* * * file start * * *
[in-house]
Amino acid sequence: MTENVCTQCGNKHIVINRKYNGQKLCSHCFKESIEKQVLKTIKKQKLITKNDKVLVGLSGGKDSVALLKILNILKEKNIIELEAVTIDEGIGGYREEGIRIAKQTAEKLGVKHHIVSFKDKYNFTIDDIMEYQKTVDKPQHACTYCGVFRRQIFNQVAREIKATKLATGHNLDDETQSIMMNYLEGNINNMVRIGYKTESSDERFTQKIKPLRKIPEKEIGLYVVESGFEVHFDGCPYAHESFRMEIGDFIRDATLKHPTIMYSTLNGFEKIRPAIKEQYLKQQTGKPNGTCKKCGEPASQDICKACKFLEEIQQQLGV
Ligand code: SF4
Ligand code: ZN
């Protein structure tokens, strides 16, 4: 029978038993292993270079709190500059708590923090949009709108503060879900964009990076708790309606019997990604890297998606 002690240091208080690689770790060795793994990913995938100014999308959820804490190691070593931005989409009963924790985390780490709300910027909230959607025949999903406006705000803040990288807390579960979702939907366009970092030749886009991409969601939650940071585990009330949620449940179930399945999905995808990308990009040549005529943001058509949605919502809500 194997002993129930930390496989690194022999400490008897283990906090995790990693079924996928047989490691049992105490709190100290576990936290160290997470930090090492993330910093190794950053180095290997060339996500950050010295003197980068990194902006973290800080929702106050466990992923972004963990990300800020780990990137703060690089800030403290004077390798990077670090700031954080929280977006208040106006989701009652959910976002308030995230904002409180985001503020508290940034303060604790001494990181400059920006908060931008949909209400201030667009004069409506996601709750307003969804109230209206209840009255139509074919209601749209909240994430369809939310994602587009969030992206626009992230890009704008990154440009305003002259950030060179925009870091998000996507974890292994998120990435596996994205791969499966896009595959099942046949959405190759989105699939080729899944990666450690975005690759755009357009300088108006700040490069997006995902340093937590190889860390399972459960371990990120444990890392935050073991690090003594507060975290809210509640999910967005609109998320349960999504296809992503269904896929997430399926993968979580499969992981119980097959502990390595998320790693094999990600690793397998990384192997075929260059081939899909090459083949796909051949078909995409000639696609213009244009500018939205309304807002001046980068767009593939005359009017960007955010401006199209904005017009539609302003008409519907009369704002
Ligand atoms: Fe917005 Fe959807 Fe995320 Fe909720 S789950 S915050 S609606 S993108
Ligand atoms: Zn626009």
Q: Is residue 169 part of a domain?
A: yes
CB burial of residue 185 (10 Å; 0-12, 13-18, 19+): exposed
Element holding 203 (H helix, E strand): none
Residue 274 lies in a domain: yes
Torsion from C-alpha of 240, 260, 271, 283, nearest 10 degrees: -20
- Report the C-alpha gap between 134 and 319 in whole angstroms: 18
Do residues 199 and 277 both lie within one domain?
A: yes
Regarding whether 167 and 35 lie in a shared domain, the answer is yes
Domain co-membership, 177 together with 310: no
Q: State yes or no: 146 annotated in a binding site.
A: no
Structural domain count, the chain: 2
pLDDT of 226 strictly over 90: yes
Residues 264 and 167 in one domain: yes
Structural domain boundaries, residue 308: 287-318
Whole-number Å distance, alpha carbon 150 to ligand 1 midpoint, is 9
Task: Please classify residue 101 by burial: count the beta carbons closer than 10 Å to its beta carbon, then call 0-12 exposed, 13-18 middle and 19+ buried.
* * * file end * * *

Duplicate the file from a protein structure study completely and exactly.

[in-house]
Amino acid sequence: MTENVCTQCGNKHIVINRKYNGQKLCSHCFKESIEKQVLKTIKKQKLITKNDKVLVGLSGGKDSVALLKILNILKEKNIIELEAVTIDEGIGGYREEGIRIAKQTAEKLGVKHHIVSFKDKYNFTIDDIMEYQKTVDKPQHACTYCGVFRRQIFNQVAREIKATKLATGHNLDDETQSIMMNYLEGNINNMVRIGYKTESSDERFTQKIKPLRKIPEKEIGLYVVESGFEVHFDGCPYAHESFRMEIGDFIRDATLKHPTIMYSTLNGFEKIRPAIKEQYLKQQTGKPNGTCKKCGEPASQDICKACKFLEEIQQQLGV
Ligand code: SF4
Ligand code: ZN
């Protein structure tokens, strides 16, 4: 029978038993292993270079709190500059708590923090949009709108503060879900964009990076708790309606019997990604890297998606 002690240091208080690689770790060795793994990913995938100014999308959820804490190691070593931005989409009963924790985390780490709300910027909230959607025949999903406006705000803040990288807390579960979702939907366009970092030749886009991409969601939650940071585990009330949620449940179930399945999905995808990308990009040549005529943001058509949605919502809500 194997002993129930930390496989690194022999400490008897283990906090995790990693079924996928047989490691049992105490709190100290576990936290160290997470930090090492993330910093190794950053180095290997060339996500950050010295003197980068990194902006973290800080929702106050466990992923972004963990990300800020780990990137703060690089800030403290004077390798990077670090700031954080929280977006208040106006989701009652959910976002308030995230904002409180985001503020508290940034303060604790001494990181400059920006908060931008949909209400201030667009004069409506996601709750307003969804109230209206209840009255139509074919209601749209909240994430369809939310994602587009969030992206626009992230890009704008990154440009305003002259950030060179925009870091998000996507974890292994998120990435596996994205791969499966896009595959099942046949959405190759989105699939080729899944990666450690975005690759755009357009300088108006700040490069997006995902340093937590190889860390399972459960371990990120444990890392935050073991690090003594507060975290809210509640999910967005609109998320349960999504296809992503269904896929997430399926993968979580499969992981119980097959502990390595998320790693094999990600690793397998990384192997075929260059081939899909090459083949796909051949078909995409000639696609213009244009500018939205309304807002001046980068767009593939005359009017960007955010401006199209904005017009539609302003008409519907009369704002
Ligand atoms: Fe917005 Fe959807 Fe995320 Fe909720 S789950 S915050 S609606 S993108
Ligand atoms: Zn626009």
Q: Is residue 169 part of a domain?
A: yes
CB burial of residue 185 (10 Å; 0-12, 13-18, 19+): exposed
Element holding 203 (H helix, E strand): none
Residue 274 lies in a domain: yes
Torsion from C-alpha of 240, 260, 271, 283, nearest 10 degrees: -20
- Report the C-alpha gap between 134 and 319 in whole angstroms: 18
Do residues 199 and 277 both lie within one domain?
A: yes
Regarding whether 167 and 35 lie in a shared domain, the answer is yes
Domain co-membership, 177 together with 310: no
Q: State yes or no: 146 annotated in a binding site.
A: no
Structural domain count, the chain: 2
pLDDT of 226 strictly over 90: yes
Residues 264 and 167 in one domain: yes
Structural domain boundaries, residue 308: 287-318
Whole-number Å distance, alpha carbon 150 to ligand 1 midpoint, is 9
Task: Please classify residue 101 by burial: count the beta carbons closer than 10 Å to its beta carbon, then call 0-12 exposed, 13-18 middle and 19+ buried.